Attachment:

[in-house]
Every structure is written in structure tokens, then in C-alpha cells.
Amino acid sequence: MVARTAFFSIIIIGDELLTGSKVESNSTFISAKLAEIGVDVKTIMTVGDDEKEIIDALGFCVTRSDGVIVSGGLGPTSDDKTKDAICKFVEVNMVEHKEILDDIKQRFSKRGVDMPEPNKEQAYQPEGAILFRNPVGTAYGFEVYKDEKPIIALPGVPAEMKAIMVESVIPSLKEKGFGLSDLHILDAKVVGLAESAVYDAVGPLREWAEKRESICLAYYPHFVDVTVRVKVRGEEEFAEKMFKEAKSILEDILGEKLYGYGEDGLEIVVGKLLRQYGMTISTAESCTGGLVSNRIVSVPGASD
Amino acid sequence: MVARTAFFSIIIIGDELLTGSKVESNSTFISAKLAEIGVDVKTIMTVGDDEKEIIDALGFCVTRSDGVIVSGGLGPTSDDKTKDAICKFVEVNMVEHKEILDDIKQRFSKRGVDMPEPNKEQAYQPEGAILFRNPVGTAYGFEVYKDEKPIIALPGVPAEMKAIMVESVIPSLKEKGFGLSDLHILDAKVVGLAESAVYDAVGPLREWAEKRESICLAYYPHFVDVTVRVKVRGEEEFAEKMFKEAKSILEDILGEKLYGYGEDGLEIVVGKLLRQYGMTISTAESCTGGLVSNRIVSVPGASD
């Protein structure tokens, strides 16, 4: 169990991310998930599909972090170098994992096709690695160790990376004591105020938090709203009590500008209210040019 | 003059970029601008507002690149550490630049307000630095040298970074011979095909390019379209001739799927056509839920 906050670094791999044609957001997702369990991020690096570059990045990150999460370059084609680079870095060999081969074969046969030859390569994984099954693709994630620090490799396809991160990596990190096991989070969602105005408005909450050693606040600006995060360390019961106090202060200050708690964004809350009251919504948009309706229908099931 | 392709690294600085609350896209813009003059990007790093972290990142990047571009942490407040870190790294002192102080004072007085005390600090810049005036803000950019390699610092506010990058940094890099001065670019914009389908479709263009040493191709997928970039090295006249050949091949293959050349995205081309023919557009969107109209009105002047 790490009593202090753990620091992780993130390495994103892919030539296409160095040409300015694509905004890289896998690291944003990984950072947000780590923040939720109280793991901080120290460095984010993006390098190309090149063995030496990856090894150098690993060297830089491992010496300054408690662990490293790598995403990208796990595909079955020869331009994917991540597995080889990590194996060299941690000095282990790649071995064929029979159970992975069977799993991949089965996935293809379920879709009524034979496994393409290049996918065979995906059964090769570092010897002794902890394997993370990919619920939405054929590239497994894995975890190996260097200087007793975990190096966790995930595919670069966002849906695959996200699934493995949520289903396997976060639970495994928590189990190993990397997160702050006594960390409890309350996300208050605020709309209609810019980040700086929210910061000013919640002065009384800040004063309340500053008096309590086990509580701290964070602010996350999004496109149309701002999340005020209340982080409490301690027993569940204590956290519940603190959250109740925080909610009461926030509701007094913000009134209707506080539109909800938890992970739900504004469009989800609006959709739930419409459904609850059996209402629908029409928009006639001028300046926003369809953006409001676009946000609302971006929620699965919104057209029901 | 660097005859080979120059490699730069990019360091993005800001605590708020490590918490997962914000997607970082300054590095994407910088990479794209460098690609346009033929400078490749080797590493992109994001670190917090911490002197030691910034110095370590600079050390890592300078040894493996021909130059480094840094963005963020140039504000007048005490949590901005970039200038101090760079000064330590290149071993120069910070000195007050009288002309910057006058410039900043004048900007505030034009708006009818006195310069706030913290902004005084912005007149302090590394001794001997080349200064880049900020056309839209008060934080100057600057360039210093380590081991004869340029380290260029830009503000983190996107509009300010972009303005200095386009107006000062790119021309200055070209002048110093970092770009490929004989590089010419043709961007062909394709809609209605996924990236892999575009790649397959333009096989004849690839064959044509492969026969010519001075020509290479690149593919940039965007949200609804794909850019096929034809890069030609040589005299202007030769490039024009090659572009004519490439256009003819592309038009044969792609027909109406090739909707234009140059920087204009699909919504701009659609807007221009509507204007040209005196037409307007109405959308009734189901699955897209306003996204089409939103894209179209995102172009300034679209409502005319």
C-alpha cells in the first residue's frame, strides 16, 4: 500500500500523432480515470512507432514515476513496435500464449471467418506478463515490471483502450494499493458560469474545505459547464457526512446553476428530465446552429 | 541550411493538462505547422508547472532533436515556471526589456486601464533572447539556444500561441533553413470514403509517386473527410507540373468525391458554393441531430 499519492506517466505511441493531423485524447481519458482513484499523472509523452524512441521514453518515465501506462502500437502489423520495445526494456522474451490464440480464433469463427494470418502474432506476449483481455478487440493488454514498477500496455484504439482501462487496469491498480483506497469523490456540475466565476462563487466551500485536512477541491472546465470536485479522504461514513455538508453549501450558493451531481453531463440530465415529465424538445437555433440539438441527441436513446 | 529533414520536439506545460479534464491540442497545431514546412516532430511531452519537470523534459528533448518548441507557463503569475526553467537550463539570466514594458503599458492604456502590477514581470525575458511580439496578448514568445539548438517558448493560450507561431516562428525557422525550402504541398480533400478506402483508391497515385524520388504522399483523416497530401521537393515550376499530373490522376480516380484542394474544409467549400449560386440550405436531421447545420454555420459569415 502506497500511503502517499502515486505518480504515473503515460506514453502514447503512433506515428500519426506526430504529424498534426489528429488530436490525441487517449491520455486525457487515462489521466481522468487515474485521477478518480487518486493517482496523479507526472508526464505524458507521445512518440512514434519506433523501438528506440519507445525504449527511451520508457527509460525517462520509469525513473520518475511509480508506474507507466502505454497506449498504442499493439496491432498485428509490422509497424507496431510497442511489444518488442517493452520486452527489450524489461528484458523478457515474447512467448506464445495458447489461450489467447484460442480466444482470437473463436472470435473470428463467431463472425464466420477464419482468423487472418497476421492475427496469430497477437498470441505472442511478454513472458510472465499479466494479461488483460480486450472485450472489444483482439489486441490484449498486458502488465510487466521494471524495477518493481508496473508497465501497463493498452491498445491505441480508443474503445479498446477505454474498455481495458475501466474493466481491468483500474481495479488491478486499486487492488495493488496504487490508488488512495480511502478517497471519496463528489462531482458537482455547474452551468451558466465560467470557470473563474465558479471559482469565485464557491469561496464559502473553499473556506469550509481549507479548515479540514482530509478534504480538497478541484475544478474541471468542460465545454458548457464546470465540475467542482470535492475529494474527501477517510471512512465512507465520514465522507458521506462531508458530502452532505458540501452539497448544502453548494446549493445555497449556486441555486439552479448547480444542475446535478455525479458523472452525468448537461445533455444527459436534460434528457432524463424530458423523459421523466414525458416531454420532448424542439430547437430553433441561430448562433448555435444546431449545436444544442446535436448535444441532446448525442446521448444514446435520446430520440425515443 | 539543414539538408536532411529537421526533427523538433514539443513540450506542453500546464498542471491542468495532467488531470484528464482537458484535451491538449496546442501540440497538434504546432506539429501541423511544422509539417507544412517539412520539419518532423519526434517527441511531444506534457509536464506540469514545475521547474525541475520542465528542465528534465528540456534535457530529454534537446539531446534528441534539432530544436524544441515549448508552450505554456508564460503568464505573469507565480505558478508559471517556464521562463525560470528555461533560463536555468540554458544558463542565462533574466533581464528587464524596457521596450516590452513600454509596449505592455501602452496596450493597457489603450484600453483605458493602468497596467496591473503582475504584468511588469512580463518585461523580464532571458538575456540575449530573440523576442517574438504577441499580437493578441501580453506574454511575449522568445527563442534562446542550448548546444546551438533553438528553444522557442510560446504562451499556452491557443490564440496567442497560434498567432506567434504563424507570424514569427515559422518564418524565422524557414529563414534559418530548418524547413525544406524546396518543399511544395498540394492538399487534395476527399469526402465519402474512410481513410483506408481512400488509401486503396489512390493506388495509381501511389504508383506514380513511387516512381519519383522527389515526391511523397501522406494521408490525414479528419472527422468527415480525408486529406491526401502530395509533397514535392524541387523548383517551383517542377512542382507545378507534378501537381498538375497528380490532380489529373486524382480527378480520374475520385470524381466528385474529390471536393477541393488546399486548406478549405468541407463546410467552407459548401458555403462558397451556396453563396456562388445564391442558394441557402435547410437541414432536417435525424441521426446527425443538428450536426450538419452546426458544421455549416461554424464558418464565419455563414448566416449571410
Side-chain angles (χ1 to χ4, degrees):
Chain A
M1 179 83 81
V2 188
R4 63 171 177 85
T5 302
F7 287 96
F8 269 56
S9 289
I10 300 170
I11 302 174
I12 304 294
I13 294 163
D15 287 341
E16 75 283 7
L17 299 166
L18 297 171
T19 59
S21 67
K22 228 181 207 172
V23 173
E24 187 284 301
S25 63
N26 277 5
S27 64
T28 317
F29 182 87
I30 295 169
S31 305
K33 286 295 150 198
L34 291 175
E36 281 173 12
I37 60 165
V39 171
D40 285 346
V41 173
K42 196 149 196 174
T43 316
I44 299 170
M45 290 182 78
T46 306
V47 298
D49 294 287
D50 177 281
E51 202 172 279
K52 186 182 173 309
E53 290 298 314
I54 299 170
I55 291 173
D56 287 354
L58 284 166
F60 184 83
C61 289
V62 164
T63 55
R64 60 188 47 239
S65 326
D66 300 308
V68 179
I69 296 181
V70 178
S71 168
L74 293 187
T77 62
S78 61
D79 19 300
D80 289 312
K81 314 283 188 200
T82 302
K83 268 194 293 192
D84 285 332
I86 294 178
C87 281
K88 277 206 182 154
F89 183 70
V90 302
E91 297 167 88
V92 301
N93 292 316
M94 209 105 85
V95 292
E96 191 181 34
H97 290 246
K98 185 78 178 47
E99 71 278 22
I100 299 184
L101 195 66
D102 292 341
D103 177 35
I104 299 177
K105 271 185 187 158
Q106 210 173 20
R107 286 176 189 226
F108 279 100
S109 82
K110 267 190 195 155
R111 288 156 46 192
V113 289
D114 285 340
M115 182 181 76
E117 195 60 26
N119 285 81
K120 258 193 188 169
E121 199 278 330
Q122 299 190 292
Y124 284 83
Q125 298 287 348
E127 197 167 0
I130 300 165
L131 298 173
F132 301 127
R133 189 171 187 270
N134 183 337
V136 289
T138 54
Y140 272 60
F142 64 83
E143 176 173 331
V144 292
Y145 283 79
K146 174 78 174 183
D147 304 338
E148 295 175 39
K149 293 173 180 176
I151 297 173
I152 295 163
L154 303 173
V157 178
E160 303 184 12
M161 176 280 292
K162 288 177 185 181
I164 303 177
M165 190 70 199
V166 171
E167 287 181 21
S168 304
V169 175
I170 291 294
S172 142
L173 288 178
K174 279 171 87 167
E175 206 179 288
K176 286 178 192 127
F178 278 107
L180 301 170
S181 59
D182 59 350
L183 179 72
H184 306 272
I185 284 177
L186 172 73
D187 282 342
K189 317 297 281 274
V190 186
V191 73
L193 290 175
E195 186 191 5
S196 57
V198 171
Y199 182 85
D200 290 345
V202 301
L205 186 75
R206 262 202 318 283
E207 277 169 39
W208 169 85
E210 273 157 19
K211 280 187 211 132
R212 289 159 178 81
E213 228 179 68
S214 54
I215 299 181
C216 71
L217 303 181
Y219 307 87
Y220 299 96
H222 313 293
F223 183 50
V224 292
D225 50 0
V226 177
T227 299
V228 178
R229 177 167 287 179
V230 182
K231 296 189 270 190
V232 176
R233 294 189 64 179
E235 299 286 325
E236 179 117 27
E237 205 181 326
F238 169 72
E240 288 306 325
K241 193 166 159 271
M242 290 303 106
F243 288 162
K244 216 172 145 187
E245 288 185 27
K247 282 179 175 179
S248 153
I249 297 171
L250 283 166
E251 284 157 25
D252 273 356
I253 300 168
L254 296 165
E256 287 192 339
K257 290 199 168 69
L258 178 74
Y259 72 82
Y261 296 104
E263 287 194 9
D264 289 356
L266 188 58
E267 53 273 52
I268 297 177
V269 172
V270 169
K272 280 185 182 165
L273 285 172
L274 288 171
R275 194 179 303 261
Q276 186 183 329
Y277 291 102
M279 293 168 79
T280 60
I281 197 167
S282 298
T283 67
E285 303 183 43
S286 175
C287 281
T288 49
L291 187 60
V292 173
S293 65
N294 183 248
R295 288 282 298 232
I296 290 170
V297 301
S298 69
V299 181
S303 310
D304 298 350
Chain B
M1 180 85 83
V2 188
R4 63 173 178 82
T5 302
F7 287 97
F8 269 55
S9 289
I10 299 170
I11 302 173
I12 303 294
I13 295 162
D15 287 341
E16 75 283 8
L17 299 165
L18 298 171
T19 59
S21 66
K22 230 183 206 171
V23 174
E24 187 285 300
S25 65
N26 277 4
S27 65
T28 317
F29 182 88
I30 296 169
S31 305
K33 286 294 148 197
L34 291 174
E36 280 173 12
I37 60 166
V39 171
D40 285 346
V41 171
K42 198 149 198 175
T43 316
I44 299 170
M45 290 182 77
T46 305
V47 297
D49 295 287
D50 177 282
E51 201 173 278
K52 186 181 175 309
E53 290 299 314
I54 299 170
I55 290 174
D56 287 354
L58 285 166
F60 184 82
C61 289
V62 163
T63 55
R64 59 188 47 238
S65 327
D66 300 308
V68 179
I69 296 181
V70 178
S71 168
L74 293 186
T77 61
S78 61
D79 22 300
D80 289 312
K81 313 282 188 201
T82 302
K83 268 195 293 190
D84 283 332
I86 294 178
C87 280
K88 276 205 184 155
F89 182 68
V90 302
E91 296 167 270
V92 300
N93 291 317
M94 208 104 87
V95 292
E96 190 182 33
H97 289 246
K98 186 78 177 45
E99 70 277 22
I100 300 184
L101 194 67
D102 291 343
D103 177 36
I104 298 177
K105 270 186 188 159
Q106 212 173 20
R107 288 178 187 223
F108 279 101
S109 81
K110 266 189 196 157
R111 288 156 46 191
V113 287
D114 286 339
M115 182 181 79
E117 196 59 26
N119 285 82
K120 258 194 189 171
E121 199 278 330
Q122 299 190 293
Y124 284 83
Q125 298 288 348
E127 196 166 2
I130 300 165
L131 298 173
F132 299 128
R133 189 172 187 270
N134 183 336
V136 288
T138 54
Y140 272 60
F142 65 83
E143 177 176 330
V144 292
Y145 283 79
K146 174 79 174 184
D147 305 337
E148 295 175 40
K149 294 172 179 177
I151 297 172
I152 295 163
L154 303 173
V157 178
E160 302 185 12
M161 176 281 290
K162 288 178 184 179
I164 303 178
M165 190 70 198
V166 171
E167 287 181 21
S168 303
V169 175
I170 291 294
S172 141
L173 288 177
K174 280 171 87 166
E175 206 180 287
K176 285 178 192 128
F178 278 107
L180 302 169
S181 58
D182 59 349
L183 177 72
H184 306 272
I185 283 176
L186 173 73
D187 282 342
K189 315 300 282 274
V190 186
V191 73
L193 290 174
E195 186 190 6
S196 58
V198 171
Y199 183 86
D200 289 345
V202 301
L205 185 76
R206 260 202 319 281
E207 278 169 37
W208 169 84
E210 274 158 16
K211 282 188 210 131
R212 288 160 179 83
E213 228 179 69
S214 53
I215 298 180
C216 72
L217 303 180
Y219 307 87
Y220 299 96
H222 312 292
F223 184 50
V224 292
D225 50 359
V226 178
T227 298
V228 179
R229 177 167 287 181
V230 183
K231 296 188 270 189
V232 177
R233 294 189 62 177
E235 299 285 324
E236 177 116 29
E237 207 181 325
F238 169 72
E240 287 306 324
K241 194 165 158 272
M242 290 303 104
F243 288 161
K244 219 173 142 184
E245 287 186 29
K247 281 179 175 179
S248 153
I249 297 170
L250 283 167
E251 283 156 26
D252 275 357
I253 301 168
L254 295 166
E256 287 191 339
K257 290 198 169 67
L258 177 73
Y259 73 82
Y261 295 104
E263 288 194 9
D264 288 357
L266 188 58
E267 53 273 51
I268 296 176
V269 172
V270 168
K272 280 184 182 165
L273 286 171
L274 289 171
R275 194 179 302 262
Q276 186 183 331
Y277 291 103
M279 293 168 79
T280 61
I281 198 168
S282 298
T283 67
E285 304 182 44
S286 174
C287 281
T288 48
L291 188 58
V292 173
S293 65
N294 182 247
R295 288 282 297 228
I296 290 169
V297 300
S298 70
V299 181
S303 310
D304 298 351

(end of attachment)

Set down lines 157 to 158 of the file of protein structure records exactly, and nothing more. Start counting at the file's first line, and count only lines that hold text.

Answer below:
L186 172 73
D187 282 342